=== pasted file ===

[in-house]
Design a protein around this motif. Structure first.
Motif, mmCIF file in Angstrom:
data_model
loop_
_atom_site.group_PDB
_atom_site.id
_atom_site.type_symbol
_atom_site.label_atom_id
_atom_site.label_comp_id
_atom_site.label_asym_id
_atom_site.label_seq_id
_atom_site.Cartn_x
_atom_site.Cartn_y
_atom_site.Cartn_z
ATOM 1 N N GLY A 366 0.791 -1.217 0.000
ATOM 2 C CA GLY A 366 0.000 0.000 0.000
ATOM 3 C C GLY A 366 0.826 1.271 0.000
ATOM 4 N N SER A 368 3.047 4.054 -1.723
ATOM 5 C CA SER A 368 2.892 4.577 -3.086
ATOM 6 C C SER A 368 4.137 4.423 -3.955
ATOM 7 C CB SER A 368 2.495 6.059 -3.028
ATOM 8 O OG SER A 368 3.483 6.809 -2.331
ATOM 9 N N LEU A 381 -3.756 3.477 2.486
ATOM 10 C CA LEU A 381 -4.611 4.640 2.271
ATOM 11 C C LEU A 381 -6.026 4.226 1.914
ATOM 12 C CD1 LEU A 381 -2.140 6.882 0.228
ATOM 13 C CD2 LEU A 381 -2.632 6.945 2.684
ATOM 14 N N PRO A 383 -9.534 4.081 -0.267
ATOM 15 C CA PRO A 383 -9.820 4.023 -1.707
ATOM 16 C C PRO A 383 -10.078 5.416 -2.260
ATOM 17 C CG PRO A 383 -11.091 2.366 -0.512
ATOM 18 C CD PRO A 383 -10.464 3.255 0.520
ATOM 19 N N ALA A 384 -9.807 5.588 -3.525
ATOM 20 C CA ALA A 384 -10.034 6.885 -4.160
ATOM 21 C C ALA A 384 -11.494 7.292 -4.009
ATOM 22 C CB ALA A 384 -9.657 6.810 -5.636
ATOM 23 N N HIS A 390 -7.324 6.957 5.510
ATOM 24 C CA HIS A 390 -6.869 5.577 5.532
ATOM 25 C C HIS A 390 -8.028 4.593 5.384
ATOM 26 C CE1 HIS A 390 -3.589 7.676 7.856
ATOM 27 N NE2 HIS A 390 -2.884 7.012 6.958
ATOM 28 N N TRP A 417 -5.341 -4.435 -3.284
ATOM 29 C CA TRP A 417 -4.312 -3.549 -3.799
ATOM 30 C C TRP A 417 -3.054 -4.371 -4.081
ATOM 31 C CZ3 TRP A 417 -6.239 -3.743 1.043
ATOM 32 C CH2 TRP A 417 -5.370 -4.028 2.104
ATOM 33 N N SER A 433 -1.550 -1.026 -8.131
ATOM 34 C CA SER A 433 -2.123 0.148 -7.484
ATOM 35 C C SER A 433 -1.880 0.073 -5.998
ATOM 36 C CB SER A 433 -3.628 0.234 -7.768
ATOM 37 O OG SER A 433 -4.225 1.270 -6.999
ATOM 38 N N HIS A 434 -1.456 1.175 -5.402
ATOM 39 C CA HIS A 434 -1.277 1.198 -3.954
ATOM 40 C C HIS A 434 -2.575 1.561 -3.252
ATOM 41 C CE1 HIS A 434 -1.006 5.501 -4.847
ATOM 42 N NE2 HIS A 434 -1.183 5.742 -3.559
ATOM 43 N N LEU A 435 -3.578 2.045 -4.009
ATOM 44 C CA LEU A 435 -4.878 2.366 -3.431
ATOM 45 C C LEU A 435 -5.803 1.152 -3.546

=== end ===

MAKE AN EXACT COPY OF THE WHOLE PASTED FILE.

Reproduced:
[in-house]
Design a protein around this motif. Structure first.
Motif, mmCIF file in Angstrom:
data_model
loop_
_atom_site.group_PDB
_atom_site.id
_atom_site.type_symbol
_atom_site.label_atom_id
_atom_site.label_comp_id
_atom_site.label_asym_id
_atom_site.label_seq_id
_atom_site.Cartn_x
_atom_site.Cartn_y
_atom_site.Cartn_z
ATOM 1 N N GLY A 366 0.791 -1.217 0.000
ATOM 2 C CA GLY A 366 0.000 0.000 0.000
ATOM 3 C C GLY A 366 0.826 1.271 0.000
ATOM 4 N N SER A 368 3.047 4.054 -1.723
ATOM 5 C CA SER A 368 2.892 4.577 -3.086
ATOM 6 C C SER A 368 4.137 4.423 -3.955
ATOM 7 C CB SER A 368 2.495 6.059 -3.028
ATOM 8 O OG SER A 368 3.483 6.809 -2.331
ATOM 9 N N LEU A 381 -3.756 3.477 2.486
ATOM 10 C CA LEU A 381 -4.611 4.640 2.271
ATOM 11 C C LEU A 381 -6.026 4.226 1.914
ATOM 12 C CD1 LEU A 381 -2.140 6.882 0.228
ATOM 13 C CD2 LEU A 381 -2.632 6.945 2.684
ATOM 14 N N PRO A 383 -9.534 4.081 -0.267
ATOM 15 C CA PRO A 383 -9.820 4.023 -1.707
ATOM 16 C C PRO A 383 -10.078 5.416 -2.260
ATOM 17 C CG PRO A 383 -11.091 2.366 -0.512
ATOM 18 C CD PRO A 383 -10.464 3.255 0.520
ATOM 19 N N ALA A 384 -9.807 5.588 -3.525
ATOM 20 C CA ALA A 384 -10.034 6.885 -4.160
ATOM 21 C C ALA A 384 -11.494 7.292 -4.009
ATOM 22 C CB ALA A 384 -9.657 6.810 -5.636
ATOM 23 N N HIS A 390 -7.324 6.957 5.510
ATOM 24 C CA HIS A 390 -6.869 5.577 5.532
ATOM 25 C C HIS A 390 -8.028 4.593 5.384
ATOM 26 C CE1 HIS A 390 -3.589 7.676 7.856
ATOM 27 N NE2 HIS A 390 -2.884 7.012 6.958
ATOM 28 N N TRP A 417 -5.341 -4.435 -3.284
ATOM 29 C CA TRP A 417 -4.312 -3.549 -3.799
ATOM 30 C C TRP A 417 -3.054 -4.371 -4.081
ATOM 31 C CZ3 TRP A 417 -6.239 -3.743 1.043
ATOM 32 C CH2 TRP A 417 -5.370 -4.028 2.104
ATOM 33 N N SER A 433 -1.550 -1.026 -8.131
ATOM 34 C CA SER A 433 -2.123 0.148 -7.484
ATOM 35 C C SER A 433 -1.880 0.073 -5.998
ATOM 36 C CB SER A 433 -3.628 0.234 -7.768
ATOM 37 O OG SER A 433 -4.225 1.270 -6.999
ATOM 38 N N HIS A 434 -1.456 1.175 -5.402
ATOM 39 C CA HIS A 434 -1.277 1.198 -3.954
ATOM 40 C C HIS A 434 -2.575 1.561 -3.252
ATOM 41 C CE1 HIS A 434 -1.006 5.501 -4.847
ATOM 42 N NE2 HIS A 434 -1.183 5.742 -3.559
ATOM 43 N N LEU A 435 -3.578 2.045 -4.009
ATOM 44 C CA LEU A 435 -4.878 2.366 -3.431
ATOM 45 C C LEU A 435 -5.803 1.152 -3.546